A group of women kicked off the Napa Valley Wine Train in August filed an $11 million racial discrimination lawsuit against the company Thursday.
The group of predominantly black women, many of whom are members of the Sistahs on the Reading Edge book club, said they suffered personal and professional consequences, and two of the women lost their jobs following the incident.
The women were “signaled out” from the moment they arrived on the train, Linda Carlson, the only white woman in the group, said at a news conference Thursday.
Civil rights attorney Waukeen Q. McCoy said the lawsuit “highlights that blacks are still being treated differently in America.”
“The goal of this lawsuit is to ensure that this sort of racial discrimination does not happen to anyone else,” McCoy said in a statement.
The group of 11 women boarded the Napa Valley Wine train on Aug. 22 to celebrate a birthday and discuss a book. The group said instead their trip was cut short, and the women were escorted through six train cars and greeted by police in the Napa Valley town of St. Helena.
“We were treated like we didn’t belong there, and we paid our money just like everyone else,” Lisa Renee Johnson told KTVU in August. “If they cannot accommodate groups, they should not take our money as a group.”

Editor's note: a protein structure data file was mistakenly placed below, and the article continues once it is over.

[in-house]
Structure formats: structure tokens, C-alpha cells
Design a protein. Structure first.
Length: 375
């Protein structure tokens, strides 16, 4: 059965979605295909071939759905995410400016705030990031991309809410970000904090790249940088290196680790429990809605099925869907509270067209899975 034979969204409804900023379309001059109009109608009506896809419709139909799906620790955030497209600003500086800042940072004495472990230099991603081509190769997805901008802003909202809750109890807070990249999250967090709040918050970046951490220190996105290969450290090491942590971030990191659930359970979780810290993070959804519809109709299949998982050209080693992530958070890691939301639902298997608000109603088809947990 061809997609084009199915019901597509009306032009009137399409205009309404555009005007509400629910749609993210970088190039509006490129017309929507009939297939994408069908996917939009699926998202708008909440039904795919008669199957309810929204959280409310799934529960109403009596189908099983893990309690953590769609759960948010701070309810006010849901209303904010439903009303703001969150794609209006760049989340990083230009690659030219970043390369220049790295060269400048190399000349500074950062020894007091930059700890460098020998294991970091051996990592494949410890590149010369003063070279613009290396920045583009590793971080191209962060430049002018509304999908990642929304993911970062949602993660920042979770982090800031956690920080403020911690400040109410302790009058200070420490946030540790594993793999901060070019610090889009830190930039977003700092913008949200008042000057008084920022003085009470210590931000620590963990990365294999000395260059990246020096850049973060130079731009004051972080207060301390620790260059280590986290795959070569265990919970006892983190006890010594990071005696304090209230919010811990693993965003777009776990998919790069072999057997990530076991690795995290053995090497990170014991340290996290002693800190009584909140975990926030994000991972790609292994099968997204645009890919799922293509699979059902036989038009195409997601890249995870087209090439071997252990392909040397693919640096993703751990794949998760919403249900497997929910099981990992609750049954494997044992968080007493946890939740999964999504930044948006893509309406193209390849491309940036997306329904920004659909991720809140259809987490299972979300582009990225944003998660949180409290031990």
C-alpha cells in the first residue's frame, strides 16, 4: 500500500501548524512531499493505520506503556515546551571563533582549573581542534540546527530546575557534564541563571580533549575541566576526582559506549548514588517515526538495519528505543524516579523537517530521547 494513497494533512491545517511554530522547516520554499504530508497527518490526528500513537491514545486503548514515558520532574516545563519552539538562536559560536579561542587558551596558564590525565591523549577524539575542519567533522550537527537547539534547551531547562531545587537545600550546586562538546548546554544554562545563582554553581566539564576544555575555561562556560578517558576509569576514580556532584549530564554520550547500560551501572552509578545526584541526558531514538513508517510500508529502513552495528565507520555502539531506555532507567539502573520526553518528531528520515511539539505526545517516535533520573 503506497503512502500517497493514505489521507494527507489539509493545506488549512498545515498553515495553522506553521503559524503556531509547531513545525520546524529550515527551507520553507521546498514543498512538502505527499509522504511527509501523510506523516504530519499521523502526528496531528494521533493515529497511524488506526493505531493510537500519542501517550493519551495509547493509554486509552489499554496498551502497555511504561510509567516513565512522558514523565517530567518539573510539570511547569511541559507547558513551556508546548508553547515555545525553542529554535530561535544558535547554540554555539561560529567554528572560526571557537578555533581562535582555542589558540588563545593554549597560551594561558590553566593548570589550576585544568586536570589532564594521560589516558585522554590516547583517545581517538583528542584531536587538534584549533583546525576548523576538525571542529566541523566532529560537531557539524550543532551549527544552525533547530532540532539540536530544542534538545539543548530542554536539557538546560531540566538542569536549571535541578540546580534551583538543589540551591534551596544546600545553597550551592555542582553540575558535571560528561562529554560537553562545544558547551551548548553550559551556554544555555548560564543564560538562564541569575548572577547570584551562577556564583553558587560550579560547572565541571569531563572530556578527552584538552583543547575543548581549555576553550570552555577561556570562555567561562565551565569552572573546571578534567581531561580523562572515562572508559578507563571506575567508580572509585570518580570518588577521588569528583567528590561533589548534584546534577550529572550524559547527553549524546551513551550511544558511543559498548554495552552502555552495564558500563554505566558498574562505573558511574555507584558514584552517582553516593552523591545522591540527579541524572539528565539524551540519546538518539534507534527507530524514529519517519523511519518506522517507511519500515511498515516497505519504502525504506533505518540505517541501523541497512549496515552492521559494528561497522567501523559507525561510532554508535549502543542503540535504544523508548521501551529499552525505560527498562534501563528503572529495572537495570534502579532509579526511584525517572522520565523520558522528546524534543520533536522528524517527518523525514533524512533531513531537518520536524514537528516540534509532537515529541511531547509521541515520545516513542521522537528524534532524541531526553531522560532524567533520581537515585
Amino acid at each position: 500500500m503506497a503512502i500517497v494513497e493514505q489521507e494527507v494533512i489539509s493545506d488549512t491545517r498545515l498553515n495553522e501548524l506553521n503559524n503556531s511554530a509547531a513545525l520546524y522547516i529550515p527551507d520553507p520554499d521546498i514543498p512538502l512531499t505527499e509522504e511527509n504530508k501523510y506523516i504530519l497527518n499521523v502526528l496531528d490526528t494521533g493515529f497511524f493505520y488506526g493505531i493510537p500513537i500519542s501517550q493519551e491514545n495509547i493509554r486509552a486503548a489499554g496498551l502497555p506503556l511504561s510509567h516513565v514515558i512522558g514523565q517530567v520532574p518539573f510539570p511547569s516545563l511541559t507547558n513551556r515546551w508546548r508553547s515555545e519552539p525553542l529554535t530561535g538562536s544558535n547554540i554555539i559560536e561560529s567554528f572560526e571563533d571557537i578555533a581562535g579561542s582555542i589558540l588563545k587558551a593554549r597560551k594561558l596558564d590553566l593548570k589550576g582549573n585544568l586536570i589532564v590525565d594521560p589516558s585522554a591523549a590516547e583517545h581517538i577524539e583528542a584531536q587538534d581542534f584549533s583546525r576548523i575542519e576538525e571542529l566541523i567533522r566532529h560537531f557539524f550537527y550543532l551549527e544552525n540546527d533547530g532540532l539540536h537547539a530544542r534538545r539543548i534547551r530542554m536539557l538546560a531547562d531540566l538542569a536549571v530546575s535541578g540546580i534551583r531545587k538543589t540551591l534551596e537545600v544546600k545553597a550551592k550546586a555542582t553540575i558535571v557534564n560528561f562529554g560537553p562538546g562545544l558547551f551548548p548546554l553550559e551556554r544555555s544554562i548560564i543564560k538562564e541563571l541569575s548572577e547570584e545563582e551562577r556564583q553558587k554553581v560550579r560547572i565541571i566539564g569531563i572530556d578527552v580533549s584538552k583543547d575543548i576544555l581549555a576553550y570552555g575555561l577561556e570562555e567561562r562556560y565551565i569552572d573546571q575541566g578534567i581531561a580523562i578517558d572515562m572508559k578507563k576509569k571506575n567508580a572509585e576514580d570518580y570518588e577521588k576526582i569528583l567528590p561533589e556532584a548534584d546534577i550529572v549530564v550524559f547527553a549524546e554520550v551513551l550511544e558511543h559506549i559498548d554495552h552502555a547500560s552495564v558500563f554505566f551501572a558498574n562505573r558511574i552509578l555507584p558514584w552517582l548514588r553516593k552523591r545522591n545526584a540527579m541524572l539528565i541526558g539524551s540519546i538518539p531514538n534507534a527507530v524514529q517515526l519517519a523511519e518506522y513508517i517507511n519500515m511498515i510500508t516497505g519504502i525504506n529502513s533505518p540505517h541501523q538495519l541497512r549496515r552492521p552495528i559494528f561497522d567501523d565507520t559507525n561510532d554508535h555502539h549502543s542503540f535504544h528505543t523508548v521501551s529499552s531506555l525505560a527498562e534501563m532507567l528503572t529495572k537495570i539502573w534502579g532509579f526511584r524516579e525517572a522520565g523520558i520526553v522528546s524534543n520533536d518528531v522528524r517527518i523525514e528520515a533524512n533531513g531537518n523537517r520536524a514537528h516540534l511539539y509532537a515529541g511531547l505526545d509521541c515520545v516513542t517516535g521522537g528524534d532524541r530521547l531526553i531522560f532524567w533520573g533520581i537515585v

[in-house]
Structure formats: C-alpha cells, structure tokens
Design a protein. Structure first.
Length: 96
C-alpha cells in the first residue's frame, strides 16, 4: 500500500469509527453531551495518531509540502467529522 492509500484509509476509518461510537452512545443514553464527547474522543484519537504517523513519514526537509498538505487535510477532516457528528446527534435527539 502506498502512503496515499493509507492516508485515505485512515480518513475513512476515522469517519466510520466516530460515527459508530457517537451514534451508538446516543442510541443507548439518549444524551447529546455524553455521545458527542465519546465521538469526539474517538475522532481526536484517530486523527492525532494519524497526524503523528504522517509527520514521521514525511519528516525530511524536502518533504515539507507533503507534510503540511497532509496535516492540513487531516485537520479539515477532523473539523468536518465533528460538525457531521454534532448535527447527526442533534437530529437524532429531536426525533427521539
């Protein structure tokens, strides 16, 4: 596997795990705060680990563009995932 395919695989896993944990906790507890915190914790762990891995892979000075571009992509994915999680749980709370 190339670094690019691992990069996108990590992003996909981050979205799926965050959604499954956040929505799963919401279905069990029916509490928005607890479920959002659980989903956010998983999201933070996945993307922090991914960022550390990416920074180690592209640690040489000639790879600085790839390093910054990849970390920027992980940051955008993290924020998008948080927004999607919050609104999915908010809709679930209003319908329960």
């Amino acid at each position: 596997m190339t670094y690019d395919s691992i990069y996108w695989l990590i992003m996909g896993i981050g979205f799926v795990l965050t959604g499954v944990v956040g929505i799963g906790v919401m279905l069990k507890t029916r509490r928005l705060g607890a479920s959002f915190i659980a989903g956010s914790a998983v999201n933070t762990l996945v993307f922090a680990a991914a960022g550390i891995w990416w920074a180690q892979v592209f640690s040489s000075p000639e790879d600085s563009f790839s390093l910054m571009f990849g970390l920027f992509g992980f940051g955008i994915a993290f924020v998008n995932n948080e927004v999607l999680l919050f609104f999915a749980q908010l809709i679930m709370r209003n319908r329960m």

The group alleges that they were repeatedly told to “quiet down,” although staff said nothing to white passengers who were being just as loud, if not louder.
Shortly after the incident, the company posted on Facebook that the women were removed “following verbal and physical abuse towards other guests and staff.” The post was deleted, but the women said the damage was done.
Johnson chronicled the trip and what happened later on social media and used the hashtag #laughingwhileblack to describe her “humiliating” experience.
Following the incident, the company apologized to Johnson and the group, promised to implement enhanced sensitivity training, and offered the group a free ride, Sam Singer, a spokesman for the company, told USA TODAY Network in August.
The company’s CEO Anthony Giacco accepted, “full responsibility for its failures and for the chain of events that led to this regrettable treatment of the women,” according to Singer.
The women said the apology did not negate the negative backlash they endured sufficiently or address the racial discrimination.
The suit seeks $11 million in damages for racial discrimination, defamation and breach of contract.
In addition to the monetary damages, the group is seeking the “implementation of a racial sensitivity training program for the Wine Train management and staff, and the prevention of similar treatment to other minorities,” according to a statement.
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